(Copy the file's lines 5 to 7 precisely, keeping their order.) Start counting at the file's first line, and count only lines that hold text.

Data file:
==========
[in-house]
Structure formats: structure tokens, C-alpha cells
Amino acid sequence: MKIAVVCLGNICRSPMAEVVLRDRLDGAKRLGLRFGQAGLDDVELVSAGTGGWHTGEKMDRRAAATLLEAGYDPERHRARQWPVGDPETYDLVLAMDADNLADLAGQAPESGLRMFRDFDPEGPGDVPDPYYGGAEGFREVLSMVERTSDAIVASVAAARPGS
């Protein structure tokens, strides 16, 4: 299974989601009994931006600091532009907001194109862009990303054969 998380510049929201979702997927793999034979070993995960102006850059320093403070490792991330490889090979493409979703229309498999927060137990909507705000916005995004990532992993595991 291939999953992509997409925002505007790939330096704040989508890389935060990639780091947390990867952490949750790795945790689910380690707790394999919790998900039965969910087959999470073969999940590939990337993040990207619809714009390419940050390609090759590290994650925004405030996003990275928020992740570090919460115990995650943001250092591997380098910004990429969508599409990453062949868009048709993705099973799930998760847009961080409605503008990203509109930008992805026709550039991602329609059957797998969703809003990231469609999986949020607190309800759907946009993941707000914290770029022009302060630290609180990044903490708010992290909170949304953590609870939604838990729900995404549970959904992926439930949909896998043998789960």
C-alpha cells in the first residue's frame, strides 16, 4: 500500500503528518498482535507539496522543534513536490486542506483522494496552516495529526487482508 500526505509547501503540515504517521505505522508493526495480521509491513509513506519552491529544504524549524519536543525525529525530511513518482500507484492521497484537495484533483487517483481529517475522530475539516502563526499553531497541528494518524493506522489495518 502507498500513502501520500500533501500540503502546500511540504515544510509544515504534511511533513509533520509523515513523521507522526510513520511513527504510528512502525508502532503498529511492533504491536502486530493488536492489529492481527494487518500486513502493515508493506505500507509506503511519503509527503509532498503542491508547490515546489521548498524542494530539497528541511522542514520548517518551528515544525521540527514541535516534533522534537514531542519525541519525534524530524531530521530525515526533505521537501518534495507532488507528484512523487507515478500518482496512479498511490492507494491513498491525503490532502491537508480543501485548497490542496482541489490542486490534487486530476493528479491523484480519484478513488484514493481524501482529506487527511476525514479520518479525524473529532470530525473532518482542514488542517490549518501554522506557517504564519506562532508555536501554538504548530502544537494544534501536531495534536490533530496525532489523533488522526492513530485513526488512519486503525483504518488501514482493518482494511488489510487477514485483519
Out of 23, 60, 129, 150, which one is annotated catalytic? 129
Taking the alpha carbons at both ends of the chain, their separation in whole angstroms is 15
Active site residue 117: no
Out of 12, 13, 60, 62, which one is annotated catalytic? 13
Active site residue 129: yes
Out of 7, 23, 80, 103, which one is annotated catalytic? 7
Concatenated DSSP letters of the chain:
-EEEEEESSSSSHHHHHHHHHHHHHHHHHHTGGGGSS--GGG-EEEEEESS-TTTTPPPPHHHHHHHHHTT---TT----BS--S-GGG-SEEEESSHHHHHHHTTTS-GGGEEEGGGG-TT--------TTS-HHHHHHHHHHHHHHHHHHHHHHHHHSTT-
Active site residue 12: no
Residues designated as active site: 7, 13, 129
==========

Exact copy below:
C-alpha cells in the first residue's frame, strides 16, 4: 500500500503528518498482535507539496522543534513536490486542506483522494496552516495529526487482508 500526505509547501503540515504517521505505522508493526495480521509491513509513506519552491529544504524549524519536543525525529525530511513518482500507484492521497484537495484533483487517483481529517475522530475539516502563526499553531497541528494518524493506522489495518 502507498500513502501520500500533501500540503502546500511540504515544510509544515504534511511533513509533520509523515513523521507522526510513520511513527504510528512502525508502532503498529511492533504491536502486530493488536492489529492481527494487518500486513502493515508493506505500507509506503511519503509527503509532498503542491508547490515546489521548498524542494530539497528541511522542514520548517518551528515544525521540527514541535516534533522534537514531542519525541519525534524530524531530521530525515526533505521537501518534495507532488507528484512523487507515478500518482496512479498511490492507494491513498491525503490532502491537508480543501485548497490542496482541489490542486490534487486530476493528479491523484480519484478513488484514493481524501482529506487527511476525514479520518479525524473529532470530525473532518482542514488542517490549518501554522506557517504564519506562532508555536501554538504548530502544537494544534501536531495534536490533530496525532489523533488522526492513530485513526488512519486503525483504518488501514482493518482494511488489510487477514485483519
Out of 23, 60, 129, 150, which one is annotated catalytic? 129
Taking the alpha carbons at both ends of the chain, their separation in whole angstroms is 15